‘It’s not how you start it’s how you finish’, is a phrase you may hear a coach utter to his team but it is surprisingly applicable in the Tech industry as well. All of us were newbies at some point in time. We’ve all faced challenges while trying to learn something new. However, reaching the end of the road to proficiency requires you to push through those tough times and I am here to let you know that it is possible even when entering Kubernetes (k8s) as a Kubernewbie. My background prior this undertaking was Design and Development (DevSigner), and not Ops. However, by the end of this journey I made the transition and gained a new moniker, DevOpsSigner.
Initially, this blog post was going to serve as a comprehensive intro to Kubernetes but, after some thought (and a few rewrites), I realized that this would not be possible in a single post. It was better to approach this post from the angle of what this is not meant to be. This post is not a comprehensive introduction to Kubernetes, nor is it a tutorial or even a guide. It is more akin to a testimonial, a recap of our experience coming into Kubernetes and how we went from Kubernewbies to a fully deployed production application in a Kubernetes cluster in a few weeks.
With no prior experience with Kubernetes or Devops it made the process of learning and ramping up even more challenging. When entering a new domain, like Devops, there is a load of domain specific knowledge (DSK) you do not possess that others have acquired over time. That DSK is what you use to evaluate, explore, build solutions and use technologies in that domain. Without it you could go down a path of reinventing the wheel. Every domain has very complex problems that people are trying to solve, have solved or are improving on. Fortunately for us and you that solution maybe primed and applicable to the need / issue / requirement that you have. Kubernetes was that soltion for us.
Kubernetes is a solution to a complex problem in its domain and by using Kubernetes you cut a chunk of complexity in this initial DSK acquisition and can start your Kubernewbie and Devops journey, ‘standing on the shoulders of giants’. Kubernetes gifts you a system with a set of primitives, an API, and a set of hooks to build and focus on things unique to your needs. Joe Beda said it best in that ‘Kubernetes gives you a Platform to make a Platform’. We will talk about how we used this ‘Platform Builder’ (Kubernetes) if you will, later, but first let us define what Kubernetes is in general.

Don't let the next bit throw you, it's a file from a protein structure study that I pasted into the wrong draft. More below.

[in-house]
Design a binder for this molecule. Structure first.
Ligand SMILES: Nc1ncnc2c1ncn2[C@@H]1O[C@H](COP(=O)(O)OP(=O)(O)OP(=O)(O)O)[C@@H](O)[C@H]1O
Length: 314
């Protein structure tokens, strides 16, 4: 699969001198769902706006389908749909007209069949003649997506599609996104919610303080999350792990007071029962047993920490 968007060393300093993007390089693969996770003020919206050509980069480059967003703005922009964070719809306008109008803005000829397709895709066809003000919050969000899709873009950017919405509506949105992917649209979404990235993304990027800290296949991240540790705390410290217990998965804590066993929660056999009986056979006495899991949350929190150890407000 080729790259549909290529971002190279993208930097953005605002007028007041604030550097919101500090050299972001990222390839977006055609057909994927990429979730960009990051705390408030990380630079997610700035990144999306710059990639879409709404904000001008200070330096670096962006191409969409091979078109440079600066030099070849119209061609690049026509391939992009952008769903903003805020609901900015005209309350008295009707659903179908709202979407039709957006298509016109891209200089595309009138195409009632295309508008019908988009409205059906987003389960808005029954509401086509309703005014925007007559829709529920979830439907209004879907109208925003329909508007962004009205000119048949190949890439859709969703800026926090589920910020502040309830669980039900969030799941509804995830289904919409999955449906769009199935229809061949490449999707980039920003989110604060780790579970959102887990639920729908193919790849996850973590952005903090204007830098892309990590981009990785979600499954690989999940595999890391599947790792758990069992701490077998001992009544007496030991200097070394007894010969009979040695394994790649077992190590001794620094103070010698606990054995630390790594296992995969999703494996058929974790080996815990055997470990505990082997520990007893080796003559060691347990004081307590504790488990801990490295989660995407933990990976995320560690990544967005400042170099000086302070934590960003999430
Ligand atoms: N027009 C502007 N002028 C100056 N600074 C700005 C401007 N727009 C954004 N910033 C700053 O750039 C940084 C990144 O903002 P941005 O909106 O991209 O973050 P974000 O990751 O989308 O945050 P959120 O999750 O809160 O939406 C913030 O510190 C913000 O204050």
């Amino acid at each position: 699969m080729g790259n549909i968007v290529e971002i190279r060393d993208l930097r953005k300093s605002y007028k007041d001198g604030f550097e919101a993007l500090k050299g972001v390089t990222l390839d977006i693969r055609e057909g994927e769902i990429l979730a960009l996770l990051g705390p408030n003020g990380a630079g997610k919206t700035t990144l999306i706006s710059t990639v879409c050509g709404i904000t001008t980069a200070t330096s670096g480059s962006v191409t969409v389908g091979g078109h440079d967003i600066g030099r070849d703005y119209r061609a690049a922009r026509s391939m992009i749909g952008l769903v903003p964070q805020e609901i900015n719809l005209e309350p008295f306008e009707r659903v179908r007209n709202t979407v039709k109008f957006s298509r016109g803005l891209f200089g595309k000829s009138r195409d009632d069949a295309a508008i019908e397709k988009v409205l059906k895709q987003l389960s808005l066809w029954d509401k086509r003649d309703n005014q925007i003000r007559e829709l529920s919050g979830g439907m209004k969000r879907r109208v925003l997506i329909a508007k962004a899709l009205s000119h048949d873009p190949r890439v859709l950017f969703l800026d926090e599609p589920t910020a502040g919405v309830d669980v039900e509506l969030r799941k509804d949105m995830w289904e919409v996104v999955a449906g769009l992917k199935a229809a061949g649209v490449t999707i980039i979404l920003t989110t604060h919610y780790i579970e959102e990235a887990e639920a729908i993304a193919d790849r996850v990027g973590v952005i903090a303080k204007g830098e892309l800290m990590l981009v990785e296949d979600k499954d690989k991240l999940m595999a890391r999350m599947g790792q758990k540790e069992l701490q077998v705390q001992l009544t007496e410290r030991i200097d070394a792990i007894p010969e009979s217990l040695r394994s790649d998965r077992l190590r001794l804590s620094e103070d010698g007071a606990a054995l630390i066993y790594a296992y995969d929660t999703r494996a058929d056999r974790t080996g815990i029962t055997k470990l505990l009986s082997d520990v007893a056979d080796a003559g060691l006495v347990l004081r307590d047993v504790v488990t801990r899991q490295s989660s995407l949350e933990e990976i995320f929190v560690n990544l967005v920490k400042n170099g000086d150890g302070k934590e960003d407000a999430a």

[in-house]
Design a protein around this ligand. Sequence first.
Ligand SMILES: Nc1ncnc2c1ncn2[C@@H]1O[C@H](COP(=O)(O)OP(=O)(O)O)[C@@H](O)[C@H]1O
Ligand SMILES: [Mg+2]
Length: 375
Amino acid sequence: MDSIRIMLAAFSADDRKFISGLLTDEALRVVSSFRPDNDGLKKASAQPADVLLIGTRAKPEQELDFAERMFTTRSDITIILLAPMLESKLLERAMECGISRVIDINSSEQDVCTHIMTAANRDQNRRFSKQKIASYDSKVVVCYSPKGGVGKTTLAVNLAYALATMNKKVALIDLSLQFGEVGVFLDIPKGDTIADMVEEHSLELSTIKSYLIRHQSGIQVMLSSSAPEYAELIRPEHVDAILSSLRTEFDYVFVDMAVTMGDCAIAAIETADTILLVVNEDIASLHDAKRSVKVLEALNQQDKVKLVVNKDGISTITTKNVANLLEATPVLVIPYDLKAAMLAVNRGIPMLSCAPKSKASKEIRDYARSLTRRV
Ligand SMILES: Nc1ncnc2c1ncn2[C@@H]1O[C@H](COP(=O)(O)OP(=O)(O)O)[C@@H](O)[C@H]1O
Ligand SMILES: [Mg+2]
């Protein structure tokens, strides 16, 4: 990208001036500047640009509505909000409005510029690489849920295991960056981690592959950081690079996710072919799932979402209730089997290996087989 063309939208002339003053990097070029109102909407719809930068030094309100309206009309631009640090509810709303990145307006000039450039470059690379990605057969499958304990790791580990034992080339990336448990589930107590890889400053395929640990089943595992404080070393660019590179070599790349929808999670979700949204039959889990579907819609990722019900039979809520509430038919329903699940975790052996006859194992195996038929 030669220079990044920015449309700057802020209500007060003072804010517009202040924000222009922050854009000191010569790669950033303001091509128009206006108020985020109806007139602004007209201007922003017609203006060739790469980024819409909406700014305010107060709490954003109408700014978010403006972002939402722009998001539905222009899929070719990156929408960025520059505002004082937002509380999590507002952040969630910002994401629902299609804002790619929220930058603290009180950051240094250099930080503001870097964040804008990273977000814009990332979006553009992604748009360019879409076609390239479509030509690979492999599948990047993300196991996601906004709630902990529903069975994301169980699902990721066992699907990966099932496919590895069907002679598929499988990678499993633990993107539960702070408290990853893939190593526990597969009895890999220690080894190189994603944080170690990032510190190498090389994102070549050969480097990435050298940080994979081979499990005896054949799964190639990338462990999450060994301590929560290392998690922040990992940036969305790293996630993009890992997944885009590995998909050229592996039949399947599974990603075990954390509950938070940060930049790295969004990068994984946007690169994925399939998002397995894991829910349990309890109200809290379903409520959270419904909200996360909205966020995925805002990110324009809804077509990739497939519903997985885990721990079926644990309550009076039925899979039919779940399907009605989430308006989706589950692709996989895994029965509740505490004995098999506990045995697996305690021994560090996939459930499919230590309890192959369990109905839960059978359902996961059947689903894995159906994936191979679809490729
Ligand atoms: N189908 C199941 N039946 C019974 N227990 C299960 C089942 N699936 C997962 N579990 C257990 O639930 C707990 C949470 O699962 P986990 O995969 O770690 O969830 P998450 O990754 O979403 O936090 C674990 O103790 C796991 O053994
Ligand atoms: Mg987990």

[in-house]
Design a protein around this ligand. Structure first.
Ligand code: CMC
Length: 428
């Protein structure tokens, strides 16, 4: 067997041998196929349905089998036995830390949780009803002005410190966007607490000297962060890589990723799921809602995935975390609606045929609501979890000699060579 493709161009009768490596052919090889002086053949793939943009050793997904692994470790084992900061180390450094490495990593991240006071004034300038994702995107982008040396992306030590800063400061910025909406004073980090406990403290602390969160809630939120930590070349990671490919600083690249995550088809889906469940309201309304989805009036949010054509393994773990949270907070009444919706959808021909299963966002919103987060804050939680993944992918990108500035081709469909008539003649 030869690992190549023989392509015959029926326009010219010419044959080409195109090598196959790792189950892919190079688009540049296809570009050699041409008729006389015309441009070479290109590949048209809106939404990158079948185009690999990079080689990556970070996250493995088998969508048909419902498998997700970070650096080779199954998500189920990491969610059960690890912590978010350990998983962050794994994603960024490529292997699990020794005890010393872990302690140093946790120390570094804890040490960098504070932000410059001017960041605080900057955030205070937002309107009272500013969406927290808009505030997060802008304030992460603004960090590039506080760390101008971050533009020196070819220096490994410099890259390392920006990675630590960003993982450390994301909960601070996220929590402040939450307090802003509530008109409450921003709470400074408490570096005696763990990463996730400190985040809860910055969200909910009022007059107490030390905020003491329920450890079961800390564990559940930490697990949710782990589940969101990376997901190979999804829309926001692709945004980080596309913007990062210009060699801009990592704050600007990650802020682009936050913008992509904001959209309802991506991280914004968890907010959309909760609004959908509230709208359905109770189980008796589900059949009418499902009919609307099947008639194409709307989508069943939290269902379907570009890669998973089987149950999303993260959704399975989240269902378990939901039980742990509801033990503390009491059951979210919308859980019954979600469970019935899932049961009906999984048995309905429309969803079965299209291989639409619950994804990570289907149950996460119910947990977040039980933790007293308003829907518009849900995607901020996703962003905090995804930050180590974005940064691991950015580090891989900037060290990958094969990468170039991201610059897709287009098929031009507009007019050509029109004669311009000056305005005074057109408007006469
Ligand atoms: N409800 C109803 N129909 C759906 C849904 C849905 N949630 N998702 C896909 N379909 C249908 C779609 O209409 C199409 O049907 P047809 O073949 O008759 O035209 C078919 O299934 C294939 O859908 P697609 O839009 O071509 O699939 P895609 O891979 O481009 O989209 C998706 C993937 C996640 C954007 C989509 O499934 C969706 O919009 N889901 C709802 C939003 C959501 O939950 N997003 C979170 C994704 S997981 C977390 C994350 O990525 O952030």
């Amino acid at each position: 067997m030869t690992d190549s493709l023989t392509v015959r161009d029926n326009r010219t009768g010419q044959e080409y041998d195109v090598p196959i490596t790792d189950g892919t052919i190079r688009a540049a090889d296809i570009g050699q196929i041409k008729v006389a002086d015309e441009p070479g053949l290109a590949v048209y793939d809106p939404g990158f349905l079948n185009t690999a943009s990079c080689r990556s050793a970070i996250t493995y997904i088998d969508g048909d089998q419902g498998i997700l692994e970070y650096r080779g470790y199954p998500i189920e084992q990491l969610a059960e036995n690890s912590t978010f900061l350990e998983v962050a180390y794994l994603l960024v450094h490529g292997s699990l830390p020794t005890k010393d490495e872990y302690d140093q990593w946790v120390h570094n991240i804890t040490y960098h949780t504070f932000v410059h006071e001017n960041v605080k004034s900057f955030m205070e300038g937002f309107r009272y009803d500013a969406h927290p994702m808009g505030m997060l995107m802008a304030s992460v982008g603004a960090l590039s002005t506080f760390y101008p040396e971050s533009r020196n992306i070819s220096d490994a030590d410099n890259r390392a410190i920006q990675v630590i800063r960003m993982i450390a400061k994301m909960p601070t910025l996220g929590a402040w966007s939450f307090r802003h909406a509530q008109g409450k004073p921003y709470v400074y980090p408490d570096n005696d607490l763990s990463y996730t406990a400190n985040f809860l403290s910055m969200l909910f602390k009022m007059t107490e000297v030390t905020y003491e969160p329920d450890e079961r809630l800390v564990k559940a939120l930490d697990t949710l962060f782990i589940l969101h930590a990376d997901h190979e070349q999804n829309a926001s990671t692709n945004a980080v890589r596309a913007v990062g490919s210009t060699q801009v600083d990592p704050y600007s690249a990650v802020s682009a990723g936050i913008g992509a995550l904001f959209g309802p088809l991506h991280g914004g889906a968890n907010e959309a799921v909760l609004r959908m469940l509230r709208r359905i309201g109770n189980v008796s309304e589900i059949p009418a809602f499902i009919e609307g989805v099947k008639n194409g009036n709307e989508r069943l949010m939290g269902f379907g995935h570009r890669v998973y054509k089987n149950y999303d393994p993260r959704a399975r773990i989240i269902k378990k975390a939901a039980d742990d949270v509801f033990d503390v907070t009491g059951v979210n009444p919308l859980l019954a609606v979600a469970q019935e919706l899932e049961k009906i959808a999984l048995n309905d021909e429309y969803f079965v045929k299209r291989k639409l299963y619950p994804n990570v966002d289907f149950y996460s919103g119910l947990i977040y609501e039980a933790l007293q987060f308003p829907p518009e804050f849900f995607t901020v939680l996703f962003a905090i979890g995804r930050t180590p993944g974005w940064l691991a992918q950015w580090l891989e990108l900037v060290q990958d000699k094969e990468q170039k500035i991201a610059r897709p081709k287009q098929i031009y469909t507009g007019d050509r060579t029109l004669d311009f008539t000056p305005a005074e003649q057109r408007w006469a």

What is Kubernetes?
Kubernetes.io introduces Kubernetes as “an open-source system for automating deployment, scaling, and management of containerized applications.” Kubernetes builds upon 15 years of experience of running production workloads at Google which was influenced by Google’s internal systems Borg & Omega. So what does Google know about production workloads you ask? Well around 2015, Google was spinning up approximately 2 billion containers per week. Yes, you read that correctly, 2 billion per week. I don’t know about you, but I have not seen 2 billion of anything in even a year.
So, it is fair to say that Google has a tremendous amount of experience utilizing containers in production. Fortunately, some brave souls started to open-source that expertise. Harnessing that experience, then Google employees Joe Beda, Brendan Burns andCraig McLuckie took on the challenge. Brendan Burns started the initial prototypes which, combined with work from Joe Beda and Craig McLuckie, resulted in the first commit to the Kubernetes repo in 2014.
Kubernetes was created to bring the idea of dynamic, container-centric, managed, scheduled-cluster thinking outside of Google. With the exponential growth and usage of containers globally, Kubernetes strives to give everyone a production level solution fashioned from Google itself. There is no denying Google’s experience with containers and containerized applications. But what is a container and what does a containerized application mean in this context?
What is a containerized application?
For now, let’s say that a containerized application is an application that is within a container. A container, by definition from Webster’s Dictionary, is “an object that can be used to hold or transport something.” In relation to technology, that “something” is everything that a piece of software needs to run in a particular environment, such as application code, utilities, configuration and dependencies. So a proposed Tech definition is: a container is an abstraction: an Operating-system-level-virtualization that allows you to run an application and its dependencies in resource-isolated processes.
Diving even deeper into this tech definition, an Operating-system-level virtualization, also known as containerization (containerized application), refers to an operating system feature in which the kernel allows the existence of multiple resource-isolated user-space instances. Those instances are the containers that and share one Host Operating system across them. Since the containers encapsulate everything an application needs to run this makes moving and running the software in different environments possible. So with all these definitions in hand, my final description of a container would be: a Container is a isolated-resource that is used to transport everything an application needs to run.